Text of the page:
Insights / Blog / Veeam Acquisition: The Net Net
January 13, 2020

Veeam Acquisition: The Net Net

Christophe Bertrand

Market Topics

Data Protection

GettyImages-1167819372020 started with a bang in the data protection space with the announcement of the acquisition of Veeam by Private Equity firm Insight Partners. Insight Partners is no stranger to the space, having invested in Acronis, as well. In this short blog, I am going to net out my views on this acquisition.  

It’s great news for the market! Let’s be clear, the backup and recovery space is hot and growing, but it is yesterday’s market. It is evolving into something else, which I have coined the data intelligence market, an evolution of backup and recovery that places data and data reuse at the heart of the enterprise. Whether enabling digital transformation or leveraging “dark” or dormant data, the idea is to leverage data assets. This acquisition is about the next stage of the market.

Veeam has truly become a more complete platform in the past few years, and this is the play here. Expanding and building on the Veeam platform, adding capabilities to address the growing needs of intelligent data management, will allow the next iteration of Veeam to address more adjacent markets. Expect both organic (investments in R&D) and non-organic (acquisitions) to happen. I could see this as early as the second half of 2020. Although I am not a betting man, I will actually place a bet that there is already a relatively clear plan that will be firmed up after the deal closes. Having a PE firm as your sponsor really helps with M&A! Add to the mix the many interesting portfolio companies in the Insight Partners quiver…who knows?….

It seems some customers are expressing frustrations on social media – it’s understandable. In many cases acquisitions are about cleaning up balance sheets, squeezing margin out of the business, and bolting other companies on (sometimes with more of a financial logic dictating the M&A). In contrast, I believe this one is about growth with an IPO as the exit. I actually believe that this is great news for customers and for partners who will in time benefit from a broader set of offerings/services. An acquisition by a competitor or a “strategic” investor (a vendor from the IT ecosystem) would not necessarily be such good news, in comparison. Also, most of the executive team is in place and from what I have seen and heard, they’re not going anywhere…so the company is not really changing. Stability of leadership is a good thing.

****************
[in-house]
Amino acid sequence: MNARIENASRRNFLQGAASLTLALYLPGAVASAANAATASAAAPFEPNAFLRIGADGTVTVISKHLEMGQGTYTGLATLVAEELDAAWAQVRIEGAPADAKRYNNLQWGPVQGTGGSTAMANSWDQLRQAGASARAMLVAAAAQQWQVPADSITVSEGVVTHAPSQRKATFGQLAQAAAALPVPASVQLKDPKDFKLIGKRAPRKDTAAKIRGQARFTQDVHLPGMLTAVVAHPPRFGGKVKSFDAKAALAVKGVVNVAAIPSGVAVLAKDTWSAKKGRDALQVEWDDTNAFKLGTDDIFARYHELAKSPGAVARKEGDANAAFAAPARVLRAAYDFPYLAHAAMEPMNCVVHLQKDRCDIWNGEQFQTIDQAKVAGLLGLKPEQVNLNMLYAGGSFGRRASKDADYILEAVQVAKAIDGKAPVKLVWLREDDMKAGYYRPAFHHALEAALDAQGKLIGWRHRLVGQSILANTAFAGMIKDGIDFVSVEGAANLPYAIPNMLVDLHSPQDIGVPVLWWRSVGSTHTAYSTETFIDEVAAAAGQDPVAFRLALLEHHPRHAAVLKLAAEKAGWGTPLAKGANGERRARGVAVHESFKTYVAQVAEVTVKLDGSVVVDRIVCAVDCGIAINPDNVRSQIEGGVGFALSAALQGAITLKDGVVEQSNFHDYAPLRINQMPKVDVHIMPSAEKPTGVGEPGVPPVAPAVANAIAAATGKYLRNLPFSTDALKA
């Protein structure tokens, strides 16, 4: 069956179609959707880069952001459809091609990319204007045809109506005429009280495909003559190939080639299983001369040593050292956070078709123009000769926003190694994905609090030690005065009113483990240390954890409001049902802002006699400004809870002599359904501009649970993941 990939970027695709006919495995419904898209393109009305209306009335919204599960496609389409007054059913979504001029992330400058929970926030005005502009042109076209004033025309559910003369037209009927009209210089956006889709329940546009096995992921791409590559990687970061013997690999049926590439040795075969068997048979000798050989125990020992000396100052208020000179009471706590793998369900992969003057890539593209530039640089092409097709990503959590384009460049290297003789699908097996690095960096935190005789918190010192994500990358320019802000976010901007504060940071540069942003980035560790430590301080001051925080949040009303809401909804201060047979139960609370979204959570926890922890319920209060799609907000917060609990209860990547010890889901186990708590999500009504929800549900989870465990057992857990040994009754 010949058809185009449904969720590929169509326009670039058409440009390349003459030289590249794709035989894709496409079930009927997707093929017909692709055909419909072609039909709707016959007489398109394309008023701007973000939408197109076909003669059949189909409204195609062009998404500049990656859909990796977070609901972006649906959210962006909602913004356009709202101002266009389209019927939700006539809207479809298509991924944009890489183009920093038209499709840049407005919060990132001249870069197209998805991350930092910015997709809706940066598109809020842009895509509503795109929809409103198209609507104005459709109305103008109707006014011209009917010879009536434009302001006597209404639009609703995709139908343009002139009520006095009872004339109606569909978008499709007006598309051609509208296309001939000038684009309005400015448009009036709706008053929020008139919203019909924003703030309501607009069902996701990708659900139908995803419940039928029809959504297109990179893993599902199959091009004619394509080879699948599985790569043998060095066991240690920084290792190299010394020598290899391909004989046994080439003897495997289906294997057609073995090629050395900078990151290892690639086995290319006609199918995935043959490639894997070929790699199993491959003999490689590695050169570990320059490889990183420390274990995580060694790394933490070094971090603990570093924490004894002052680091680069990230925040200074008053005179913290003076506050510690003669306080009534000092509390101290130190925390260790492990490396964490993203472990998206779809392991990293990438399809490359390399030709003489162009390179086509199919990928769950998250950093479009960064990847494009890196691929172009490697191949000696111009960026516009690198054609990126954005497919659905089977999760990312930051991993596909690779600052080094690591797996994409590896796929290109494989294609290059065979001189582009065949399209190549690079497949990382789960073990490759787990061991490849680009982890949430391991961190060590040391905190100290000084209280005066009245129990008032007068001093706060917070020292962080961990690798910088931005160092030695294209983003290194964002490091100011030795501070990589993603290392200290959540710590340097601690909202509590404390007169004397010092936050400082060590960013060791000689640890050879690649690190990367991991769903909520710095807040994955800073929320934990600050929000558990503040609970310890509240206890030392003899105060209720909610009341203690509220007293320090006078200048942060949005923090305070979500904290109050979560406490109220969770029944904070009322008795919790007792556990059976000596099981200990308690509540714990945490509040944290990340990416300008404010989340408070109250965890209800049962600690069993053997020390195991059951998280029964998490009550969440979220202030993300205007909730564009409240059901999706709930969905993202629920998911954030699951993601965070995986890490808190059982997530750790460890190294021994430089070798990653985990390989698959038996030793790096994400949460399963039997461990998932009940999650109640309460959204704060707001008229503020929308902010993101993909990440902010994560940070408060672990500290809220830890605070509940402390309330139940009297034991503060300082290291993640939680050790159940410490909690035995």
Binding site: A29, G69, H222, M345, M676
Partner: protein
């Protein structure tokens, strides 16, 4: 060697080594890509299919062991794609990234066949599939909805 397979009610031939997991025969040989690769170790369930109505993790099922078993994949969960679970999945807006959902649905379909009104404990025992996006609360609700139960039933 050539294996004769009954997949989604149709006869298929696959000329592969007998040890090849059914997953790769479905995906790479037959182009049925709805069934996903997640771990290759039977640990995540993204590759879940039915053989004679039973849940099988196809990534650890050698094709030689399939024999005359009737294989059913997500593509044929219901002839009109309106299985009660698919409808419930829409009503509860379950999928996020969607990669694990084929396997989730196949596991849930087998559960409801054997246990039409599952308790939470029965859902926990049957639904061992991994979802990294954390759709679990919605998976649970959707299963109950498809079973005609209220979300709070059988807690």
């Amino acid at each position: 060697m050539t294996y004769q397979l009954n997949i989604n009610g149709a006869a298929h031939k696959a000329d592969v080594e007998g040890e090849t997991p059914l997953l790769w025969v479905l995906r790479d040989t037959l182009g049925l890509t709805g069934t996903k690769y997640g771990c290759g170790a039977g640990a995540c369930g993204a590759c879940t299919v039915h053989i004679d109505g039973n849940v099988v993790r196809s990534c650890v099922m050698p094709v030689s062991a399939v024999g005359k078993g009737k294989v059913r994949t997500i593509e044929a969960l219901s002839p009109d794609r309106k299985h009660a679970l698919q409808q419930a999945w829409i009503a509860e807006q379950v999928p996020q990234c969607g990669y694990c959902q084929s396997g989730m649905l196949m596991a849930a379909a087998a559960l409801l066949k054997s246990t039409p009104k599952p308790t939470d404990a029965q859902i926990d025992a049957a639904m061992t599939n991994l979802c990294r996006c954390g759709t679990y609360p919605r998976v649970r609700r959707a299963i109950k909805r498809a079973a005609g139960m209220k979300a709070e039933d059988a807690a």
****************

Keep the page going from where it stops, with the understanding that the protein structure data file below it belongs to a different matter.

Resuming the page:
Does this make Veeam a higher competitive threat to other vendors? No more and no less in the short term. However, all bets are off if the company executes with the same savvy that got them from nowhere to a billion in just 14 years. One area of particular interest is going to be the enterprise space. I will just say this: incumbents are ready for a fight. Some more than others, but ready nonetheless.

Here’s what I will be keeping my eyes on:

  • The stated objective of growth in NA is not going to be easy, and will require a continued frontal assault in the commercial space and the true penetration of the enterprise segment. Enterprise is a different animal and this is where I expect the evolution of the platform to help, with full leverage of partnerships and alliances–something Veeam does well. Expect major competitive pressures.  
  • Cloud and Channel: the risk of dis-intermediation of the channel by hyperscalers has created (not always by choice) a new breed of partners who now resell cloud offerings. In my opinion, Veeam has excelled in the delivery of their Cloud Service Provider program. Double or triple down! Also of note, Veeam’s command of the “traditional” channel (if this term still exists)  and its work with distributors (great work with Ingram, for example). Growth and success will be achieved in the channel.
  • Marketing: Veeam is a marketing machine – with a very talented team in place. I expect more fuel and more “engine” in the months and quarters to come. Having had to compete against Veeam in a previous life, I can tell you that they don’t make competitors’ lives easy.. 
  • Platform 1: I would recommend that Veeam revisit their views on appliances. Like it or not, people love appliances. It takes expertise in hardware to do so. Things are different with a new sponsor…Let’s see what happens!
  • Platform 2: Add more capabilities around data management (data reuse, data classification, compliance, test-dev use case, analytics). That’s the next wave of the market. Data Labs is a good start.
  • Platform 3: Keep building up the solution to meet more enterprise needs, but not trying to emulate incumbents. Looking ahead, it could take the shape of a fully native SaaS intelligent data management platform, and should address issues incumbents don’t solve well today, like SaaS backup (beyond Office 365) and privacy compliance, to name a few hot but underserved topics.
  • Platform 4: The obvious one: Cloud. Containers (Kubernetes), VMware Cloud: deliver the same capabilities in the cloud, to the cloud, and across clouds as what can be done on-premises. Do it in a way that embraces the ability for channel partners to expand their service capabilities.  

In this next chapter, Veeam has to execute really well on every front, every quarter. This also means the culture of the company will likely change, not only because of its new financial sponsor, or new people joining the business as the company evolves, or the departure of its founders, but also because a new set of rules now applies to the business. Now it’s getting to $2 billion and beyond (and this time it can’t take 14 years).

As I said before, who said this market is boring?

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